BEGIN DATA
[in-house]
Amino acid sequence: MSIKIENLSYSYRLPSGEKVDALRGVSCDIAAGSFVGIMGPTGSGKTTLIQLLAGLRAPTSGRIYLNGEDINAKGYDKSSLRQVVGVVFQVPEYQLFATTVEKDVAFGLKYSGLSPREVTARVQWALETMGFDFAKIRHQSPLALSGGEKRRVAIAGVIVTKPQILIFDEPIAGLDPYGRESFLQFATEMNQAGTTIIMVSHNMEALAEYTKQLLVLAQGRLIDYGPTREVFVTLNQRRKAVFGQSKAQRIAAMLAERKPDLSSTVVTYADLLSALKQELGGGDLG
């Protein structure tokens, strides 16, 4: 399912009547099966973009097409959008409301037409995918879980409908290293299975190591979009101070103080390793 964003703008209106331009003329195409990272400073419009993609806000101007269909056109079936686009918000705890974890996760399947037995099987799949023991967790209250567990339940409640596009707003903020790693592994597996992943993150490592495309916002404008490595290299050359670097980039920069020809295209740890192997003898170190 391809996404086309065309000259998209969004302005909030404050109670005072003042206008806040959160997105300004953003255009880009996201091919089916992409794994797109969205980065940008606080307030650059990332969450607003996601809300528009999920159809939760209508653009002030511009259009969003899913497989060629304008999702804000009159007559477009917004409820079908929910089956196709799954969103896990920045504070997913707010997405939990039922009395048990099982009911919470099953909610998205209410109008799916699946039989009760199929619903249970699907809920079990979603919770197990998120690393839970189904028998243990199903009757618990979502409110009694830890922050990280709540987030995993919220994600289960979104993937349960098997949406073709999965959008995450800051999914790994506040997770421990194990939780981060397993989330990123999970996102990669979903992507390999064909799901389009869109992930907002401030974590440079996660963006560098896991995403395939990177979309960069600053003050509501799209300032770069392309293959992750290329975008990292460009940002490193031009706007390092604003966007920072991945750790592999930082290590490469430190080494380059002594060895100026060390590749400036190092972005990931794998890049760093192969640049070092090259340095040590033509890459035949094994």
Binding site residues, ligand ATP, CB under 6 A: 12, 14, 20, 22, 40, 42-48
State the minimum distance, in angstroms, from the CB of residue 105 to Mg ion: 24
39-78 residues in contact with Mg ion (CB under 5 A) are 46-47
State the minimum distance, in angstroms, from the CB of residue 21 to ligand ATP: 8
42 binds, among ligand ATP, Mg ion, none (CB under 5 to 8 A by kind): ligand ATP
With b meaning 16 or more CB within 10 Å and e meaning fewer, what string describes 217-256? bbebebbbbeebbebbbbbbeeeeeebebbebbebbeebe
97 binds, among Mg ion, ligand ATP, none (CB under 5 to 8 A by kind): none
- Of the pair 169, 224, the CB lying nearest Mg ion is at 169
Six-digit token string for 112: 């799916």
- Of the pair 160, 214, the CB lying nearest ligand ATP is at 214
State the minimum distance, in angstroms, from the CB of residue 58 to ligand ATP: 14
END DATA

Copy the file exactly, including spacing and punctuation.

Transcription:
[in-house]
Amino acid sequence: MSIKIENLSYSYRLPSGEKVDALRGVSCDIAAGSFVGIMGPTGSGKTTLIQLLAGLRAPTSGRIYLNGEDINAKGYDKSSLRQVVGVVFQVPEYQLFATTVEKDVAFGLKYSGLSPREVTARVQWALETMGFDFAKIRHQSPLALSGGEKRRVAIAGVIVTKPQILIFDEPIAGLDPYGRESFLQFATEMNQAGTTIIMVSHNMEALAEYTKQLLVLAQGRLIDYGPTREVFVTLNQRRKAVFGQSKAQRIAAMLAERKPDLSSTVVTYADLLSALKQELGGGDLG
């Protein structure tokens, strides 16, 4: 399912009547099966973009097409959008409301037409995918879980409908290293299975190591979009101070103080390793 964003703008209106331009003329195409990272400073419009993609806000101007269909056109079936686009918000705890974890996760399947037995099987799949023991967790209250567990339940409640596009707003903020790693592994597996992943993150490592495309916002404008490595290299050359670097980039920069020809295209740890192997003898170190 391809996404086309065309000259998209969004302005909030404050109670005072003042206008806040959160997105300004953003255009880009996201091919089916992409794994797109969205980065940008606080307030650059990332969450607003996601809300528009999920159809939760209508653009002030511009259009969003899913497989060629304008999702804000009159007559477009917004409820079908929910089956196709799954969103896990920045504070997913707010997405939990039922009395048990099982009911919470099953909610998205209410109008799916699946039989009760199929619903249970699907809920079990979603919770197990998120690393839970189904028998243990199903009757618990979502409110009694830890922050990280709540987030995993919220994600289960979104993937349960098997949406073709999965959008995450800051999914790994506040997770421990194990939780981060397993989330990123999970996102990669979903992507390999064909799901389009869109992930907002401030974590440079996660963006560098896991995403395939990177979309960069600053003050509501799209300032770069392309293959992750290329975008990292460009940002490193031009706007390092604003966007920072991945750790592999930082290590490469430190080494380059002594060895100026060390590749400036190092972005990931794998890049760093192969640049070092090259340095040590033509890459035949094994």
Binding site residues, ligand ATP, CB under 6 A: 12, 14, 20, 22, 40, 42-48
State the minimum distance, in angstroms, from the CB of residue 105 to Mg ion: 24
39-78 residues in contact with Mg ion (CB under 5 A) are 46-47
State the minimum distance, in angstroms, from the CB of residue 21 to ligand ATP: 8
42 binds, among ligand ATP, Mg ion, none (CB under 5 to 8 A by kind): ligand ATP
With b meaning 16 or more CB within 10 Å and e meaning fewer, what string describes 217-256? bbebebbbbeebbebbbbbbeeeeeebebbebbebbeebe
97 binds, among Mg ion, ligand ATP, none (CB under 5 to 8 A by kind): none
- Of the pair 169, 224, the CB lying nearest Mg ion is at 169
Six-digit token string for 112: 């799916």
- Of the pair 160, 214, the CB lying nearest ligand ATP is at 214
State the minimum distance, in angstroms, from the CB of residue 58 to ligand ATP: 14